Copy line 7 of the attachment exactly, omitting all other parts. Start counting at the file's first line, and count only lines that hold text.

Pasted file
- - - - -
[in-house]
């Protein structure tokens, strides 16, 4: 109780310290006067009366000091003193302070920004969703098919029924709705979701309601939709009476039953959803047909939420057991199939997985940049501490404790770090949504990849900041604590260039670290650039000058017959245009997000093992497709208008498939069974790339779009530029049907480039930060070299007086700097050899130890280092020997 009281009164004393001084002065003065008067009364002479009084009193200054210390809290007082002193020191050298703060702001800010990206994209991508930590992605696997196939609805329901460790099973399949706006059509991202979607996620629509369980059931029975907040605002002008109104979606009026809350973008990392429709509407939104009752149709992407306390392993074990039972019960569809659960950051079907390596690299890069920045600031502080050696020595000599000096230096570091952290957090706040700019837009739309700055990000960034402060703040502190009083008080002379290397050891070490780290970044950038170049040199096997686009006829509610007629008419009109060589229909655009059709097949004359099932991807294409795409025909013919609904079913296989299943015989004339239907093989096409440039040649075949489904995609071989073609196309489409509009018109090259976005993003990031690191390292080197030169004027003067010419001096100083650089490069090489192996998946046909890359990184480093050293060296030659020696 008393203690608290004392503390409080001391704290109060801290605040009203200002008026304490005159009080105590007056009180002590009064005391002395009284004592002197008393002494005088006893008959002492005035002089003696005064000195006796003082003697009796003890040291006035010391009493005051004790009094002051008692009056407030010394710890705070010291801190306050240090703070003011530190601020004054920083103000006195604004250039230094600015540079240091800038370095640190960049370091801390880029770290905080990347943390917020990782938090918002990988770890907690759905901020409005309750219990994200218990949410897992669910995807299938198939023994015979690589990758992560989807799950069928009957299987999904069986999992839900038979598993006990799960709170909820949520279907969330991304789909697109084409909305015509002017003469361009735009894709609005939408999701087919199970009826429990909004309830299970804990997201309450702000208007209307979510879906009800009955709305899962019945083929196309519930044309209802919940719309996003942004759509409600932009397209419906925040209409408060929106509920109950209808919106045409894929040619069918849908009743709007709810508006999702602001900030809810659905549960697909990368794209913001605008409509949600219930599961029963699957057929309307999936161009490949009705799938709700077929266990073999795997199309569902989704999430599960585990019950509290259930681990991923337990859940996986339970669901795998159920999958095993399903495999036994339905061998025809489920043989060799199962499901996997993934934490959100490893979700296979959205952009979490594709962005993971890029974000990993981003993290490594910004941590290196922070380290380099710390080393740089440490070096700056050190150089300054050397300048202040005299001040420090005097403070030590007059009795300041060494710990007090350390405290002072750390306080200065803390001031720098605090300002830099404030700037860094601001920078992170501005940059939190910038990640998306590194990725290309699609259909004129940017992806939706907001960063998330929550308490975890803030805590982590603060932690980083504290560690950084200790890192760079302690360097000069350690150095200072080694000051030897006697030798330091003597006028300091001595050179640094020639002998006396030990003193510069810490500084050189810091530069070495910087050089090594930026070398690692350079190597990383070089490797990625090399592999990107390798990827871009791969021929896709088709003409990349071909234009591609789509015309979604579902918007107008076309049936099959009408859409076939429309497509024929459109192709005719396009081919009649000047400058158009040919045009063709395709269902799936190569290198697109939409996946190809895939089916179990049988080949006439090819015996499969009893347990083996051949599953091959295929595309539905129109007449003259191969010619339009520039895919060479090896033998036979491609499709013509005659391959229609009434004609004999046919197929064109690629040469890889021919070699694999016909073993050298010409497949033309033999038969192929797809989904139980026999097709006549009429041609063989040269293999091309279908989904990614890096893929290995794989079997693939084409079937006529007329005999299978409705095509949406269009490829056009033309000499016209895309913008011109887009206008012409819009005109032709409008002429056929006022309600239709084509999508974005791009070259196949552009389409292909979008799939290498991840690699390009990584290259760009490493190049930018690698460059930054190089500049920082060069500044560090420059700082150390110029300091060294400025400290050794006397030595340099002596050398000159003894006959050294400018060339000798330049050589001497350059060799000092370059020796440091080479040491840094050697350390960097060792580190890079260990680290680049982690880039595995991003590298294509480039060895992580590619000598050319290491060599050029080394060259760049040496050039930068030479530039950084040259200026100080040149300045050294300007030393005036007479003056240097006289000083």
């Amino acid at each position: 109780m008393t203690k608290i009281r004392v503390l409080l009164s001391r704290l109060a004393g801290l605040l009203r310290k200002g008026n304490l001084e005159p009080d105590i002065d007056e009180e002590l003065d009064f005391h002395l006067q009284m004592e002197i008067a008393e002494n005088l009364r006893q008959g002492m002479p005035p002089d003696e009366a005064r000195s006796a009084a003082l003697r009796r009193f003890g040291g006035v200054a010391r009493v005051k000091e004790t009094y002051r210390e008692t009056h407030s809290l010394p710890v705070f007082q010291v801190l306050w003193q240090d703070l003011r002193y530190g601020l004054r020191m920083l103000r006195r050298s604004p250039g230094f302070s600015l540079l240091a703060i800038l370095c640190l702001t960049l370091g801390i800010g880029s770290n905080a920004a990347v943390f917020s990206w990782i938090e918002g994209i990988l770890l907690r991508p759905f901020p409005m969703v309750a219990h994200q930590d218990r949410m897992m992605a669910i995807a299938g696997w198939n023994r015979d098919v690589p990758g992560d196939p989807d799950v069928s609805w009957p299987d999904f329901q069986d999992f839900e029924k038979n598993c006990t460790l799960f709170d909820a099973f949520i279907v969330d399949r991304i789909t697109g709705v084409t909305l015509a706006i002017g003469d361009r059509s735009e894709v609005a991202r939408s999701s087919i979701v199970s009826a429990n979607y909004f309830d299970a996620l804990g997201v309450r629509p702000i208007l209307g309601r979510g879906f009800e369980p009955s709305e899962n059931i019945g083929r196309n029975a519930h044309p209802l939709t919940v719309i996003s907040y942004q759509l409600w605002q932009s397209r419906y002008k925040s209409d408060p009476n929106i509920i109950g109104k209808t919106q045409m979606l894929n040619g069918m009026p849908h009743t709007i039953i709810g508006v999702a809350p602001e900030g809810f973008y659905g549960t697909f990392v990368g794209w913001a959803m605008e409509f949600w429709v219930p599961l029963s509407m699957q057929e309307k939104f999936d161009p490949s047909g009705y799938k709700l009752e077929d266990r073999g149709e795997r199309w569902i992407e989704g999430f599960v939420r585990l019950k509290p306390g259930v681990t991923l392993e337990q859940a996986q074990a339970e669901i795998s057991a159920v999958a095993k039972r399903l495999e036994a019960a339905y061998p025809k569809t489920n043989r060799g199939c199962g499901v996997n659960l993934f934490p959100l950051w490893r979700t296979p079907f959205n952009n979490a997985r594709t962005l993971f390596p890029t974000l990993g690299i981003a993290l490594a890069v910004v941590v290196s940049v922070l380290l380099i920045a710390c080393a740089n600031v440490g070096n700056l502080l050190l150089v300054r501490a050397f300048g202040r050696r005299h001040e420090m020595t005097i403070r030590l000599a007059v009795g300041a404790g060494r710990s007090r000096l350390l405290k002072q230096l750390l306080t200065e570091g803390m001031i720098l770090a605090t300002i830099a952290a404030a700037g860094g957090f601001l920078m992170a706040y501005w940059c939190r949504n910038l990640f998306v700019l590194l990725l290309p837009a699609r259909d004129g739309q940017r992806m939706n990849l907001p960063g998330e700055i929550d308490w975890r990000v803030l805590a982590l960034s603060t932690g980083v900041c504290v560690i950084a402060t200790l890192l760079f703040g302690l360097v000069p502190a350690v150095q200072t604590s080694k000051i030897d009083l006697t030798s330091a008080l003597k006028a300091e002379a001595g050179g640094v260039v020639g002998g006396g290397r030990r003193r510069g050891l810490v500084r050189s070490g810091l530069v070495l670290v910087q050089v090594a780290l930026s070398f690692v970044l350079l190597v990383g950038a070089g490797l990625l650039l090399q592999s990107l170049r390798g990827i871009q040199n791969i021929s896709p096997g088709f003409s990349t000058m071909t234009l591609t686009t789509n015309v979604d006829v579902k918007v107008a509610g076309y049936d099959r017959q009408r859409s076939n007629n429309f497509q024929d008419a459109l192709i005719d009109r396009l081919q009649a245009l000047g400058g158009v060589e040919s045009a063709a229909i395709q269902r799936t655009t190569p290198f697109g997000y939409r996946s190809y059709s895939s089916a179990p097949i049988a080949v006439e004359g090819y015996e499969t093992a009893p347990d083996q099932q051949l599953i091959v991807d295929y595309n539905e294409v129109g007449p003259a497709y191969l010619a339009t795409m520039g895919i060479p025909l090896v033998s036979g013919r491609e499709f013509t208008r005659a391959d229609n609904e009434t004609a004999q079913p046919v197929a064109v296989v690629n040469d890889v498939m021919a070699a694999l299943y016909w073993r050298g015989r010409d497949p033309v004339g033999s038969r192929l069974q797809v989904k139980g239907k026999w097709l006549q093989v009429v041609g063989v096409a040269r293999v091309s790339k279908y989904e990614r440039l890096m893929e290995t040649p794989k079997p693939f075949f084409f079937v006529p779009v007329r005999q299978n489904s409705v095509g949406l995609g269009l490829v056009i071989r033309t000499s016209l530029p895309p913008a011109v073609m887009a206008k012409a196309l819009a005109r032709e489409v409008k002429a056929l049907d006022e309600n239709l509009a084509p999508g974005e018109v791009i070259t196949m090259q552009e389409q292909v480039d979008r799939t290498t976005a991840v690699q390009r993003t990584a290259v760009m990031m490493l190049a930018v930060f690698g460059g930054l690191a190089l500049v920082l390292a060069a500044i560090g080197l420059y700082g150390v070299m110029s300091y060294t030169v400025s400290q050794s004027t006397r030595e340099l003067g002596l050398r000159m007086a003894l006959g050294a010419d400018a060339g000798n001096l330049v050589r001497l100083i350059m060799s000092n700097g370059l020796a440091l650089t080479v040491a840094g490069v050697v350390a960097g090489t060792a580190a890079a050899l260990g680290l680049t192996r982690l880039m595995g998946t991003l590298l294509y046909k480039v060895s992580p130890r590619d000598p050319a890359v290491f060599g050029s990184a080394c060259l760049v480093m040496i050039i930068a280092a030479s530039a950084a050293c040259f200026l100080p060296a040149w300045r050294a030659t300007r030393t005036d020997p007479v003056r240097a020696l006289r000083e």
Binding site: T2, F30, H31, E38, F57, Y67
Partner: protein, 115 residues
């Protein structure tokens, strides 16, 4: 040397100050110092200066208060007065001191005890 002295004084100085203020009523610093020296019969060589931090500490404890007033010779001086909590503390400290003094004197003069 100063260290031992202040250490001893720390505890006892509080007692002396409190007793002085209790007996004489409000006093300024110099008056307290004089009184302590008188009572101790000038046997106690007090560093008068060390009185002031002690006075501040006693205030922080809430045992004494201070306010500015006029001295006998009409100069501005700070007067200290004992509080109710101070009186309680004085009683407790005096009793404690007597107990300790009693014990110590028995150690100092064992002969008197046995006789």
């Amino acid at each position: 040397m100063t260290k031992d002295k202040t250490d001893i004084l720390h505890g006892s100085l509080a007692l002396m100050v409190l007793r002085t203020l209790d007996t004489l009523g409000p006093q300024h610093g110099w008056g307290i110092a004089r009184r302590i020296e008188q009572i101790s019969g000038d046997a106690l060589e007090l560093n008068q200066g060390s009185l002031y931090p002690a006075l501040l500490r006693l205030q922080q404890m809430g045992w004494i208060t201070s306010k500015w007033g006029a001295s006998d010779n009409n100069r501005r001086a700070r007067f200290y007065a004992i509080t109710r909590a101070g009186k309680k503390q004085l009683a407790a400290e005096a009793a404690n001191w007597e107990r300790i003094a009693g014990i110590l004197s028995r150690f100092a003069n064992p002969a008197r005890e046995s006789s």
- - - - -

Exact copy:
């Amino acid at each position: 040397m100063t260290k031992d002295k202040t250490d001893i004084l720390h505890g006892s100085l509080a007692l002396m100050v409190l007793r002085t203020l209790d007996t004489l009523g409000p006093q300024h610093g110099w008056g307290i110092a004089r009184r302590i020296e008188q009572i101790s019969g000038d046997a106690l060589e007090l560093n008068q200066g060390s009185l002031y931090p002690a006075l501040l500490r006693l205030q922080q404890m809430g045992w004494i208060t201070s306010k500015w007033g006029a001295s006998d010779n009409n100069r501005r001086a700070r007067f200290y007065a004992i509080t109710r909590a101070g009186k309680k503390q004085l009683a407790a400290e005096a009793a404690n001191w007597e107990r300790i003094a009693g014990i110590l004197s028995r150690f100092a003069n064992p002969a008197r005890e046995s006789s």